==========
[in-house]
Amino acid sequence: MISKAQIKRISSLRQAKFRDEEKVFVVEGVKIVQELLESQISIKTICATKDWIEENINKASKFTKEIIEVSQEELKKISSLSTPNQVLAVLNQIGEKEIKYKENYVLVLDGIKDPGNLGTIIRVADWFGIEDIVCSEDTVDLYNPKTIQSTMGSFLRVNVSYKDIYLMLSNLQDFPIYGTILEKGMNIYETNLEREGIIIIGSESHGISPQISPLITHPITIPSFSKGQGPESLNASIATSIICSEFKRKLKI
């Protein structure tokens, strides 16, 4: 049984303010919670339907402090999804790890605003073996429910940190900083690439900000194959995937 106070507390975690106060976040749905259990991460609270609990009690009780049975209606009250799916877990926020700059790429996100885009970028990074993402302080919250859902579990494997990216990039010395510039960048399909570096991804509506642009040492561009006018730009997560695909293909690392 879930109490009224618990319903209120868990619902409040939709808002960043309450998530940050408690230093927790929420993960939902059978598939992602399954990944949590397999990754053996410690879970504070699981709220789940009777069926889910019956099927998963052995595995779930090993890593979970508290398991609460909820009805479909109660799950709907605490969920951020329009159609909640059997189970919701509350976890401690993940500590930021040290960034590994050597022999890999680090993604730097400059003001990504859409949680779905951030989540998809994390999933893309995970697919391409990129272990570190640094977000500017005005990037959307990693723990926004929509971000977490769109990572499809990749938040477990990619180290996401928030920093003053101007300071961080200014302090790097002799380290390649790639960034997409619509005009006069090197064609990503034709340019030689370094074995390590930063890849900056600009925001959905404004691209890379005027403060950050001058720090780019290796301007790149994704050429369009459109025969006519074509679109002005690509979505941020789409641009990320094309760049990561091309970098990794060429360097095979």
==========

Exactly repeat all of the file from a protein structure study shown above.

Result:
[in-house]
Amino acid sequence: MISKAQIKRISSLRQAKFRDEEKVFVVEGVKIVQELLESQISIKTICATKDWIEENINKASKFTKEIIEVSQEELKKISSLSTPNQVLAVLNQIGEKEIKYKENYVLVLDGIKDPGNLGTIIRVADWFGIEDIVCSEDTVDLYNPKTIQSTMGSFLRVNVSYKDIYLMLSNLQDFPIYGTILEKGMNIYETNLEREGIIIIGSESHGISPQISPLITHPITIPSFSKGQGPESLNASIATSIICSEFKRKLKI
């Protein structure tokens, strides 16, 4: 049984303010919670339907402090999804790890605003073996429910940190900083690439900000194959995937 106070507390975690106060976040749905259990991460609270609990009690009780049975209606009250799916877990926020700059790429996100885009970028990074993402302080919250859902579990494997990216990039010395510039960048399909570096991804509506642009040492561009006018730009997560695909293909690392 879930109490009224618990319903209120868990619902409040939709808002960043309450998530940050408690230093927790929420993960939902059978598939992602399954990944949590397999990754053996410690879970504070699981709220789940009777069926889910019956099927998963052995595995779930090993890593979970508290398991609460909820009805479909109660799950709907605490969920951020329009159609909640059997189970919701509350976890401690993940500590930021040290960034590994050597022999890999680090993604730097400059003001990504859409949680779905951030989540998809994390999933893309995970697919391409990129272990570190640094977000500017005005990037959307990693723990926004929509971000977490769109990572499809990749938040477990990619180290996401928030920093003053101007300071961080200014302090790097002799380290390649790639960034997409619509005009006069090197064609990503034709340019030689370094074995390590930063890849900056600009925001959905404004691209890379005027403060950050001058720090780019290796301007790149994704050429369009459109025969006519074509679109002005690509979505941020789409641009990320094309760049990561091309970098990794060429360097095979």